Inside Edition: Hakarat HaTov and Tzevet Misrad with Kochavim and Magshimim
Inside Edition: Hakarat HaTov (gratitude) & our Tzevet Misrad (office staff)
Author: Sara Shapiro-Plevan, Visiting Educator.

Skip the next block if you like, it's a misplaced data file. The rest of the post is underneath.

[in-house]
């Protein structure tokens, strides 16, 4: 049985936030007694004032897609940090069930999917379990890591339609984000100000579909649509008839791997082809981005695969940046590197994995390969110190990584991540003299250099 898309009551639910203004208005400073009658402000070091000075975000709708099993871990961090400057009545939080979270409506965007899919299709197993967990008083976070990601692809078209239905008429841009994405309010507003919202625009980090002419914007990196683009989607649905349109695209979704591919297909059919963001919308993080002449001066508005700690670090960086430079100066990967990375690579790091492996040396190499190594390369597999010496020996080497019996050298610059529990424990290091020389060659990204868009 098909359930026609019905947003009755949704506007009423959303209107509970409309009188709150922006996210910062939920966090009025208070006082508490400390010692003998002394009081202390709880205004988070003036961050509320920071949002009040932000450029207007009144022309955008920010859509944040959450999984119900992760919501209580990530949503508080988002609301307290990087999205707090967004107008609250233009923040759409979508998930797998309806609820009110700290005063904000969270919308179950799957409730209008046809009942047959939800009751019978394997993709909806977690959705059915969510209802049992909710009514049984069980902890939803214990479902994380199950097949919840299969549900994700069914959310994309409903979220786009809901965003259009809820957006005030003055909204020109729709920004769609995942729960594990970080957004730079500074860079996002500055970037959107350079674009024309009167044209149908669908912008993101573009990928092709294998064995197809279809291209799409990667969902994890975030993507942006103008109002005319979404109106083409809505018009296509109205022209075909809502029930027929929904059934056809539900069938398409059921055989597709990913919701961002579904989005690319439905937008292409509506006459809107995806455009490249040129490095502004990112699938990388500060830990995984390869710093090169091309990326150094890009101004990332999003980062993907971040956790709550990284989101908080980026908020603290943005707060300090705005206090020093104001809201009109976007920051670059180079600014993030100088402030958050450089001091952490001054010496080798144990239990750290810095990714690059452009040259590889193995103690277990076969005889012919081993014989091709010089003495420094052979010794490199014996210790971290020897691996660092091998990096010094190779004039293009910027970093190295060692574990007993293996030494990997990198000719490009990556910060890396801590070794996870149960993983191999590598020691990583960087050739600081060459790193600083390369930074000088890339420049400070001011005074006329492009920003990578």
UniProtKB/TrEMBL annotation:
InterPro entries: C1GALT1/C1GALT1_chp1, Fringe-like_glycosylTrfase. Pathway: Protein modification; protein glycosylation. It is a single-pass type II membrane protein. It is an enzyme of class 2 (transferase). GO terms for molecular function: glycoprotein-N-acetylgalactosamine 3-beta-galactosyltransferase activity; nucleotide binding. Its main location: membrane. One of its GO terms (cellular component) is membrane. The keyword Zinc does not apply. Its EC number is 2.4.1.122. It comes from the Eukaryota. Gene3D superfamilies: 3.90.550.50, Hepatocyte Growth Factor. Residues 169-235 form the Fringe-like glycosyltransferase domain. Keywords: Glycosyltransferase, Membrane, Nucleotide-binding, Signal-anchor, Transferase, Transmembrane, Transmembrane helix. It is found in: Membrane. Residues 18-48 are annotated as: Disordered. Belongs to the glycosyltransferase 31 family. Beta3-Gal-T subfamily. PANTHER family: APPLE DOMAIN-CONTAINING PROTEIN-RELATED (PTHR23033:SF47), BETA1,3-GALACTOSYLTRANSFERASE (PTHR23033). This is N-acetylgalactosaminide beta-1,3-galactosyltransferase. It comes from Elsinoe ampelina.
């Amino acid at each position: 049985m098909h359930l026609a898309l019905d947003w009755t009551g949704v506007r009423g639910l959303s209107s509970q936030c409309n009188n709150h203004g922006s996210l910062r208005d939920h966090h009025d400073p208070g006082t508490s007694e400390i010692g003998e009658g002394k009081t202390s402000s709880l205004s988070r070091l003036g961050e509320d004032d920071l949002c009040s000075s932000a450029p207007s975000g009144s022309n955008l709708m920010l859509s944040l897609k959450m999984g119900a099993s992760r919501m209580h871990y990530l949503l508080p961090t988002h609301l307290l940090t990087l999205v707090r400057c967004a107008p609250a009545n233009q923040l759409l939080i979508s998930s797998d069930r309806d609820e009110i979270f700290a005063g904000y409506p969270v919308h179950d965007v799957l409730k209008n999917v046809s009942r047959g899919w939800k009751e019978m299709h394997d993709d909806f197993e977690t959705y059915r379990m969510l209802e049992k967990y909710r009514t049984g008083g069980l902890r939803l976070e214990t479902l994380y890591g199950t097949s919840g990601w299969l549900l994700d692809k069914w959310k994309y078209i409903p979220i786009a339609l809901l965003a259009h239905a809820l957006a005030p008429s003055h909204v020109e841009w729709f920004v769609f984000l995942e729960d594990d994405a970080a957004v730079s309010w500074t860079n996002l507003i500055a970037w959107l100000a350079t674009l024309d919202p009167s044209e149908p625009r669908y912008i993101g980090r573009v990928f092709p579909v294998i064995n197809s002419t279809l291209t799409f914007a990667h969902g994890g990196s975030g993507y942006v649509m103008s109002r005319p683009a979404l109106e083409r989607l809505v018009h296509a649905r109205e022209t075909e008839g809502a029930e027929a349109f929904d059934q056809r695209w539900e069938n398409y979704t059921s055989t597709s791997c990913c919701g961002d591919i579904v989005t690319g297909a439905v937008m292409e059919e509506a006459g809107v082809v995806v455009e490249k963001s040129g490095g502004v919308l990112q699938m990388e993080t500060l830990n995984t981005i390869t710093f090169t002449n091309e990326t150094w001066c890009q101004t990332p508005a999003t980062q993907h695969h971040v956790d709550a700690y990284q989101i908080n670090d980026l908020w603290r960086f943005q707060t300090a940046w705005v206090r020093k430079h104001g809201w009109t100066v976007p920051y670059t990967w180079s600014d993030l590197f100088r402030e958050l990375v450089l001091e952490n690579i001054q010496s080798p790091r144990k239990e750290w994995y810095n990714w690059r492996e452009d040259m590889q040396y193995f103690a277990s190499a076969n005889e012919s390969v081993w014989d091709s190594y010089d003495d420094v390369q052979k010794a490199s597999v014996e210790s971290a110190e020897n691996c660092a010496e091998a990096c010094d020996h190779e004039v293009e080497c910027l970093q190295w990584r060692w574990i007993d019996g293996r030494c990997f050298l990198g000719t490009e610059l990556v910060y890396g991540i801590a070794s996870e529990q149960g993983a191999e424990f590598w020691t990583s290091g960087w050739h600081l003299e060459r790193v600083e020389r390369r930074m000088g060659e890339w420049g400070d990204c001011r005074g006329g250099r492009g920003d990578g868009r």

Meet Cynthia Kay Hatch Lynch, better known as Cindy, or one of the calm voices on the phone when you dial camp’s summer 413 number. Cindy hails from nearby Monson, MA, and is joining the Ramah team for the first time this summer. She had a fantastic visit with kids from Kochavim and Magshimim this past week, who came to get to know her as a member of the behind the scenes team who makes camp happen for them. They know to thank their madrichim (counselors), rashei edah and of course their parents for an amazing summer, but who else makes camp happen? Cindy is one of those people! As part of their appreciative interview, the kids asked Cindy to tell stories about the hardest part of her job. She described herself as a juggler: the kids expected that she might whip out a set of balls and start juggling. Instead, she managed to offer them a full interview and regaled them with stories of her family and her work while answering the phone, helping people entering the office who needed assistance, and other campers, demonstrating her real skills as a juggler! Cindy came to join the Ramah office staff thanks to her sister Becky, who has been a part of the Ramah team for 5 years, and her daughter works at the Mercaz as well. She has lived all over Massachusetts, growing up down the street from where one of our Magshimim campers lives now (that was a fun connection to watch evolve!) and is the proud mom of 4 children. This picture here is the story of Cindy explaining what a bear horn is: the kids noticed an air horn on her desk labeled “bear horn,” and Cindy told them about the bear that visited camp in the first month, and the air horn that was provided to the office and grounds staff just in case. They begged her to blow it, but she refused….no bears in sight! Say hello to Cindy the next time you visit the front office. These appreciative interviews were a part of our campers’ encounters with the big idea of hakarat hatov, gratitude and appreciation, and their exploration of the practice of giving appreciation and work to understand what it is like to receive appreciation and gratitude as well.